One of the world’s poorest countries, Togo’s average annual per capita income is the equivalent of $400, and most families are unable to provide for even the most basic of their children’s needs. About 39 percent of the people exist on less than $1.25 per day in conditions of great need and suffering.

Farming, both subsistence and commercial, is the primary economic activity in Togo. Agricultural exports include cocoa, coffee and cotton. However, frequent and prolonged dry seasons make farming a tenuous livelihood. In the cities, such as Togo’s capital of Lomé, street and market vending are common jobs.

Togo’s children suffer from malnutrition, malaria and diseases related to the lack of access to clean water or adequate sanitation. In recent years, increasingly, they have become the victims of such evils as human trafficking, violence and sexual exploitation.

Local Needs and Challenges

Access to health care is difficult. Malaria is a common yet preventable illness. Drinking water is scarce, and children often must travel several miles to find it. Houses typically are small and poorly built, and more than half the country does not have electricity. Juvenile delinquency is a problem even in rural areas, in part because parents often abandon their children. The teenage pregnancy rate is high. Proper sanitation is a problem, and many villages have no access to latrines.

 

Schools and Education Education in Togo

One of the reasons Togo stays mired in poverty is the general population’s low level of education. The government provides free basic education, but public schools are overcrowded (about 50 pupils per teacher) and underequipped. Children often drop out of school to help earn income for their families. That’s why only 60 percent of Togolese age 15 and older can read and write.

At the Compassion Child Development Center

Compassion serves children in Togo through its child development centers. These centers, hosted by local churches, are havens of love and learning for registered children. Here, children have the opportunity to develop their talents and abilities. Most important, they learn about their heavenly Father and are introduced to salvation in Jesus Christ.

 

Working Through the Local Church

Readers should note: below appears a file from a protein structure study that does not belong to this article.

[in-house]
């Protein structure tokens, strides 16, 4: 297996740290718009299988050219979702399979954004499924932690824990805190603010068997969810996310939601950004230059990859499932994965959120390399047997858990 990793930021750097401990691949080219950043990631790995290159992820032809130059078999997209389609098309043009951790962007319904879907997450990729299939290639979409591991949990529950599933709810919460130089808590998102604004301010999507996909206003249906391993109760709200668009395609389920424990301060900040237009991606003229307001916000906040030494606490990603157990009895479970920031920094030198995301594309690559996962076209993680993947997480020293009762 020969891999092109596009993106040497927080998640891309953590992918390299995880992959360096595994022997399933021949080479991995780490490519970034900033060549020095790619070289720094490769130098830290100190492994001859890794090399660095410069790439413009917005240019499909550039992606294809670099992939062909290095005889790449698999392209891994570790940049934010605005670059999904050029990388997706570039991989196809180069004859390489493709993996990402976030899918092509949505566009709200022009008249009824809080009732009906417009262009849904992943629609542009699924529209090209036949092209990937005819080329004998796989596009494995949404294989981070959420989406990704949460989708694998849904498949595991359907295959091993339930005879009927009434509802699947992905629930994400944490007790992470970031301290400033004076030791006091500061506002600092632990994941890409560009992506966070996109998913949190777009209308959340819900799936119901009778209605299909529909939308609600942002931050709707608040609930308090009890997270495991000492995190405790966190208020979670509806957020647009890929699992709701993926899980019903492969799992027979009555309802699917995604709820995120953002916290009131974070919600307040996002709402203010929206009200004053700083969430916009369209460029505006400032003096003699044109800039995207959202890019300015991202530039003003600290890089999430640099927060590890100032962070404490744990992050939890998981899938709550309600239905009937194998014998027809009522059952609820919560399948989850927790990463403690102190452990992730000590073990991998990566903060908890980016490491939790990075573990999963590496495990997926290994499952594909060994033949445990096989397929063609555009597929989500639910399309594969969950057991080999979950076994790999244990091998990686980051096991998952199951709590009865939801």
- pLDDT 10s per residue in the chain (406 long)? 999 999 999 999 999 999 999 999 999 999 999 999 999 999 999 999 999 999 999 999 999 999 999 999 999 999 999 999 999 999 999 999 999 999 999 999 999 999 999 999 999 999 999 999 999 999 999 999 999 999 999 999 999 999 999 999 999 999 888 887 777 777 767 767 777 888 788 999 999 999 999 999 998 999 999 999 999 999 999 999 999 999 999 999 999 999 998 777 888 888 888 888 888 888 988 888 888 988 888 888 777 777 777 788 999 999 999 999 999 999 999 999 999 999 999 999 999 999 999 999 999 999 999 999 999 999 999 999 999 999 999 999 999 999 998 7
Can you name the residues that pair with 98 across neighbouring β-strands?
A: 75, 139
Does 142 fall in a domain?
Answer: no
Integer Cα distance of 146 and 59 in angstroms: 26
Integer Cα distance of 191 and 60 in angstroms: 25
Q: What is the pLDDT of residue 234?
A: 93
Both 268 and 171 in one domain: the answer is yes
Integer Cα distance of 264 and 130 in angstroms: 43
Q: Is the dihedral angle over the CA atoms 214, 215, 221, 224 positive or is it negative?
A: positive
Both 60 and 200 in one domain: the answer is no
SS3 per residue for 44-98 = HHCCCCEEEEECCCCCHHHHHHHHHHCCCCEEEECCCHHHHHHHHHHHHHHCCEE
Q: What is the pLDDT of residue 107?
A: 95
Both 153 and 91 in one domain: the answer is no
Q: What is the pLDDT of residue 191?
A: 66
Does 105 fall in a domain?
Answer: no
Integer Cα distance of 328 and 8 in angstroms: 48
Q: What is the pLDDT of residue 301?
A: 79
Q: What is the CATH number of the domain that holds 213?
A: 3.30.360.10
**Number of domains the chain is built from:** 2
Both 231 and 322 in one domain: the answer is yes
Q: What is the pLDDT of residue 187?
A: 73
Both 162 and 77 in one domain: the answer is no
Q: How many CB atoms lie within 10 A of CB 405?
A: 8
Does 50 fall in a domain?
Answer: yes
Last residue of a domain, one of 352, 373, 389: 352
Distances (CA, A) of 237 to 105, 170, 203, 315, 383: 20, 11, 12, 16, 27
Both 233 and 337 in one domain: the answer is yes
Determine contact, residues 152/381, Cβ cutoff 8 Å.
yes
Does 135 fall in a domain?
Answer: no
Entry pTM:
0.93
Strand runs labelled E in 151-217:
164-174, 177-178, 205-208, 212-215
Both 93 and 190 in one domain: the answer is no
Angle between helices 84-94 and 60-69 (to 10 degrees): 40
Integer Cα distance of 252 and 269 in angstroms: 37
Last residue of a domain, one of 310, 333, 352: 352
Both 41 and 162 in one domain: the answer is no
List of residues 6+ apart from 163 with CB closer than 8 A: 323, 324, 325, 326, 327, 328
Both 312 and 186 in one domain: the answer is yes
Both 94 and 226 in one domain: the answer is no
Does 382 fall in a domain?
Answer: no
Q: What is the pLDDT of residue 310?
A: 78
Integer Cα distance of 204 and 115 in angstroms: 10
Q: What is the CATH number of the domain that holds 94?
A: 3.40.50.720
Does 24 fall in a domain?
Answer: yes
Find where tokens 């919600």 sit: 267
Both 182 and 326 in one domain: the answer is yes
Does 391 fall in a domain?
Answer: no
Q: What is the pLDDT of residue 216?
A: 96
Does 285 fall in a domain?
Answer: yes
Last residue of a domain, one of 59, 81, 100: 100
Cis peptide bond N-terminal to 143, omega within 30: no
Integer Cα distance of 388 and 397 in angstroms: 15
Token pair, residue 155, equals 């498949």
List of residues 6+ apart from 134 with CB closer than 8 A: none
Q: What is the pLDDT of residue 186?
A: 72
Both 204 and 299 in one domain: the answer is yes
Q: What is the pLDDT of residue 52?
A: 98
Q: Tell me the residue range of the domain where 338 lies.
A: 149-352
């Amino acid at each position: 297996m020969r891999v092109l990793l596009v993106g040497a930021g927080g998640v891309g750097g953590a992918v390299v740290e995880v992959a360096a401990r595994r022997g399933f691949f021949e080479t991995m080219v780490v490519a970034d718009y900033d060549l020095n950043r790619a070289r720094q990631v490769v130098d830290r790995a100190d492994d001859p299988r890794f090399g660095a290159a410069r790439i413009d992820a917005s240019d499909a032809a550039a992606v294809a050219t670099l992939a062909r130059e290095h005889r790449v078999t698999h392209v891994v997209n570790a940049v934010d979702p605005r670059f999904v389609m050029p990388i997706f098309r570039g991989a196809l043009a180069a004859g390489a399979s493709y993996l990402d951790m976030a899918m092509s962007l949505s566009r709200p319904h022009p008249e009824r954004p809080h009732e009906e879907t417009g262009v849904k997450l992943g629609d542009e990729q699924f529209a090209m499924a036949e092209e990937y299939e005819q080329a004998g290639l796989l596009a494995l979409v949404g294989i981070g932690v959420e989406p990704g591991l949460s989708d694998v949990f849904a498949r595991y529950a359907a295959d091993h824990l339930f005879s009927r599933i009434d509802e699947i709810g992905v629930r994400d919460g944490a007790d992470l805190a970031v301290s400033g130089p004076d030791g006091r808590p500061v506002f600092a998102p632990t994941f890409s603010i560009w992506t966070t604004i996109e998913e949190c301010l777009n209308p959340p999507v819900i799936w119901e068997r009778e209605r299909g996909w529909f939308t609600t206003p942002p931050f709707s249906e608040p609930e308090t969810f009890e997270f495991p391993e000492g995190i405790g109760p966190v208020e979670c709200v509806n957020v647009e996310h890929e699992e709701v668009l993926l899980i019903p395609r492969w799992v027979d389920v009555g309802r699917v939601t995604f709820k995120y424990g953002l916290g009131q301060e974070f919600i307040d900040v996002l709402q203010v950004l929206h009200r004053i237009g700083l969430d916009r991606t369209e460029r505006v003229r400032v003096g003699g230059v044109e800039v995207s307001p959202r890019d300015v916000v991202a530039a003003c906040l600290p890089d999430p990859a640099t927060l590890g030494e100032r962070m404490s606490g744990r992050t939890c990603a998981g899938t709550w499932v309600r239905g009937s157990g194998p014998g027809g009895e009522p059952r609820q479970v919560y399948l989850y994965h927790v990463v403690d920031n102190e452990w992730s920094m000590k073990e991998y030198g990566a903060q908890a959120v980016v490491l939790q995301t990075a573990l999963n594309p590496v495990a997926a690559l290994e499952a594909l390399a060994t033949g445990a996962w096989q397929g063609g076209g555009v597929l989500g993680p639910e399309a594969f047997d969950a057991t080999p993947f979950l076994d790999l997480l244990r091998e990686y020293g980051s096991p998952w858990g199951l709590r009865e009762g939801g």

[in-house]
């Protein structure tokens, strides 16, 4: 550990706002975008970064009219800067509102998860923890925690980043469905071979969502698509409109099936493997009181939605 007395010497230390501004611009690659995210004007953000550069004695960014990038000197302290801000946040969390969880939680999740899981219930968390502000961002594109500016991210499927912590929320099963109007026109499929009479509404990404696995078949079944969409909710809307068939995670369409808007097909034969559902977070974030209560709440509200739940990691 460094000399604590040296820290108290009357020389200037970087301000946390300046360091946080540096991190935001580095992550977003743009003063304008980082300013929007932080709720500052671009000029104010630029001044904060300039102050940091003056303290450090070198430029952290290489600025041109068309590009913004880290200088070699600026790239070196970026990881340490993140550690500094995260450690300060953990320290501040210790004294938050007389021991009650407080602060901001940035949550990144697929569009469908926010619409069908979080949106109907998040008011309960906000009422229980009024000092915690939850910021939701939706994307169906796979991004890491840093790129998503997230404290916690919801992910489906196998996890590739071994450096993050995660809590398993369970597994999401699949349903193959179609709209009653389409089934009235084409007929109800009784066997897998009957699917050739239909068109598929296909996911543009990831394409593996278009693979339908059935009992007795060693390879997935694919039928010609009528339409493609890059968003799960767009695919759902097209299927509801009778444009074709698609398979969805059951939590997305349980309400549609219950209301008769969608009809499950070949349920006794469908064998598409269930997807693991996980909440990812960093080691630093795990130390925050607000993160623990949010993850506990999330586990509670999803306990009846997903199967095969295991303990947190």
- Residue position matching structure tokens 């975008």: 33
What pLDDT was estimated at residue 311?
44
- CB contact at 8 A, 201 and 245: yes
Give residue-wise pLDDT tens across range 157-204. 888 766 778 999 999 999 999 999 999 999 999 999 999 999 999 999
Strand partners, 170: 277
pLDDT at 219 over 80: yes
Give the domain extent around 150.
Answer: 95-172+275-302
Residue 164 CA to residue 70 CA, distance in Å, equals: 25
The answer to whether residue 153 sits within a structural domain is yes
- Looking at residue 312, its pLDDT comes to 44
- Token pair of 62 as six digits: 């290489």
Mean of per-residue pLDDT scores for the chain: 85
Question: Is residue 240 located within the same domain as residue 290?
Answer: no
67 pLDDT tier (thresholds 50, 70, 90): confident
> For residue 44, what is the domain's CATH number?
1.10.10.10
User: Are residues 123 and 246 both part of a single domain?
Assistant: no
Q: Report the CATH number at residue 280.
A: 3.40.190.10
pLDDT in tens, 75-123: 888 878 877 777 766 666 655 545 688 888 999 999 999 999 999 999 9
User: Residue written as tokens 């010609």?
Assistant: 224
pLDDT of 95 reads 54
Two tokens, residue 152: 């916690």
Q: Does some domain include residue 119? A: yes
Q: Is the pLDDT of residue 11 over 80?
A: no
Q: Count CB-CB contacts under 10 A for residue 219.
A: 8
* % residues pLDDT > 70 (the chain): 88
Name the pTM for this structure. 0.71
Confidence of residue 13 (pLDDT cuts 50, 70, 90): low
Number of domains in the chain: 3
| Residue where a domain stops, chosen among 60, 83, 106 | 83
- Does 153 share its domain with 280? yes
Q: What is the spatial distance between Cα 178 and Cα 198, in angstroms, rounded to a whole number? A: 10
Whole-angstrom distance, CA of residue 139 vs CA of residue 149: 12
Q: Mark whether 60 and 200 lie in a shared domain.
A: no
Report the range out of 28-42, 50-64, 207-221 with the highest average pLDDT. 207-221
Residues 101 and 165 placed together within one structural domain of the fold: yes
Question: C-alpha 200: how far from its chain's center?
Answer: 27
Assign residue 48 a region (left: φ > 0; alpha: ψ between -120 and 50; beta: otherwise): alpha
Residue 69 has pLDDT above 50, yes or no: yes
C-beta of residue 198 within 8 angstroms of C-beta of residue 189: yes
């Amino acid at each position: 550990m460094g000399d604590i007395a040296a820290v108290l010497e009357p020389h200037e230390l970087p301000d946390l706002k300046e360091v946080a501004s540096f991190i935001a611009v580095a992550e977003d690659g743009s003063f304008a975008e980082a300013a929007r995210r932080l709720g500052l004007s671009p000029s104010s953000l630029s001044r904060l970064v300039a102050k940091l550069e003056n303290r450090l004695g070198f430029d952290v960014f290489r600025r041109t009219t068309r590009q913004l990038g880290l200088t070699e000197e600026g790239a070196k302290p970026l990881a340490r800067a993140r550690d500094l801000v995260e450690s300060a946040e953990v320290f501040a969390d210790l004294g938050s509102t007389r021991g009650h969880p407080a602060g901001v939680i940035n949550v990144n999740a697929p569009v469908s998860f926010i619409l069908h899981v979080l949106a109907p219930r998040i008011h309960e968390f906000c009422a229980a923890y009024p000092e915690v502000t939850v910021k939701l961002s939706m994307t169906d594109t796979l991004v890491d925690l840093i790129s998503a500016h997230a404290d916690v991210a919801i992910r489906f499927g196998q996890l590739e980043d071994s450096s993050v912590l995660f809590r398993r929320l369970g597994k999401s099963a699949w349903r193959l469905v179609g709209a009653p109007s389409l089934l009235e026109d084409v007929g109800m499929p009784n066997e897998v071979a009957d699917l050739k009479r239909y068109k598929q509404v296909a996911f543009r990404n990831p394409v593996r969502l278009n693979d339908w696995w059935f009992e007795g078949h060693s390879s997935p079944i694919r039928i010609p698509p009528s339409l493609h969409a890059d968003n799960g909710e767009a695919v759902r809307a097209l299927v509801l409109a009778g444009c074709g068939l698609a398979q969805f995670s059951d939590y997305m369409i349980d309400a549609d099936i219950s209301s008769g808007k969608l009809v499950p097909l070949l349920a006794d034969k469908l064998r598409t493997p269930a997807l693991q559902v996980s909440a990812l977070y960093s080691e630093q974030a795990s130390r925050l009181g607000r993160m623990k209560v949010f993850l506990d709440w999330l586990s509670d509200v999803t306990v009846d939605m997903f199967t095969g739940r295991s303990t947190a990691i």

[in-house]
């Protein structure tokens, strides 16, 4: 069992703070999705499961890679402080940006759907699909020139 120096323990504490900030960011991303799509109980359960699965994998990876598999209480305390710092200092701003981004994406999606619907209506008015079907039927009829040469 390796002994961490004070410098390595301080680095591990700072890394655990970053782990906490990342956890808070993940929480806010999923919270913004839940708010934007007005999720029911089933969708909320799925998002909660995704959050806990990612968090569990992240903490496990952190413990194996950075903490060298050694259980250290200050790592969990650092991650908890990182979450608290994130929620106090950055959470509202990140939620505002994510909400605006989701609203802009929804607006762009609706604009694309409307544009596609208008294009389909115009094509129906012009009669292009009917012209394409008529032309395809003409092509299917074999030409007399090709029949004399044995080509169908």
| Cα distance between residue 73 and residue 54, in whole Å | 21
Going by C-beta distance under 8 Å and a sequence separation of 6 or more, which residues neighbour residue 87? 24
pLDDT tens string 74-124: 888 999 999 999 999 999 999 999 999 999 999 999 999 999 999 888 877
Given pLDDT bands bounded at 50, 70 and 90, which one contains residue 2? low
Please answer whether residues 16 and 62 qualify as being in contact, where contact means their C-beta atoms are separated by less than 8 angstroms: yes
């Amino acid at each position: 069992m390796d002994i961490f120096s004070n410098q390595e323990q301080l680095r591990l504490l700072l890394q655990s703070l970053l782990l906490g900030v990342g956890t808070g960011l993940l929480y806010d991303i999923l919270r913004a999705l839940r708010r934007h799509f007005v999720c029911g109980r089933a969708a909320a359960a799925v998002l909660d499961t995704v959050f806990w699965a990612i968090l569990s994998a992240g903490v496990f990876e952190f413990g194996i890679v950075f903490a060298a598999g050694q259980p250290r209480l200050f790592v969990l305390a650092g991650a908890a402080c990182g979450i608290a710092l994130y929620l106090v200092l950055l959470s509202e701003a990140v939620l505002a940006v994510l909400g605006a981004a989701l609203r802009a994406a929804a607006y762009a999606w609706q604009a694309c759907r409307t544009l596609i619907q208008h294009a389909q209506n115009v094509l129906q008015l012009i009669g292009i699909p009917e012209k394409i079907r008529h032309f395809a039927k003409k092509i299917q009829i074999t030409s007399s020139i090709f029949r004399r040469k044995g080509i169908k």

Because of its proximity, resources and cultural expertise, the local church is in a unique and crucial position to help Compassion apply its curriculum. All child development centers in Togo use Compassion’s age-appropriate curriculum, which addresses children’s cognitive, physical, emotional and spiritual needs, and is specialized by country. Many children blossom through the program. Even non-Christian parents are open to sending their young ones to Compassion because they see very positive results in children’s behavior, health, spiritual life and personalities. One Togolese pastor says, “We even want Compassion to give us permission to implement the curriculum in our Sunday school because we think it is such a reliable tool.”

How Compassion Works in Togo Compassion in Togo

Compassion’s work in Togo began in 2007. Currently, more than 17,600 children participate in 84 child development centers. Compassion partners with churches and denominations to help them provide Togolese children with the opportunity to rise above their circumstances and become all that God has created them to be.

The Role of a Partnership Facilitator

The Partnership Facilitator is the key link between Compassion and churches, and the first person church partners contact if a problem arises. The facilitator shares Compassion’s vision with the churches and oversees its implementation at centers. Facilitator Agamakou Olivier, for example, strives to ensure a respectful and trusting relationship with the churches and families so all benefit. Olivier's work also includes meeting with children and churches, ensuring paperwork is correct, and identifying and solving problems.

Olivier overseas about 12 centers around the town of Tabligbo. To visit church partners there, he uses motorcycle taxis because roads are unpaved. Before becoming a facilitator, Olivier was a center director, which helped prepare him for his current role. He is so passionate about children that he helps even those who have moved away from centers to attend Compassion programs.

 
 

Prayer Requests

  • Pray for the end of political unrest in Togo, and that peace will reign, leading to greater development for the country.
  • Pray that the staff members in Togo’s 23 Compassion-assisted child development centers will be encouraged in their work.
  • Pray for the families of our children who are struggling to survive on very little income.
  • Pray for the health of the children, who are vulnerable to a host of health problems ranging from malnutrition to malaria.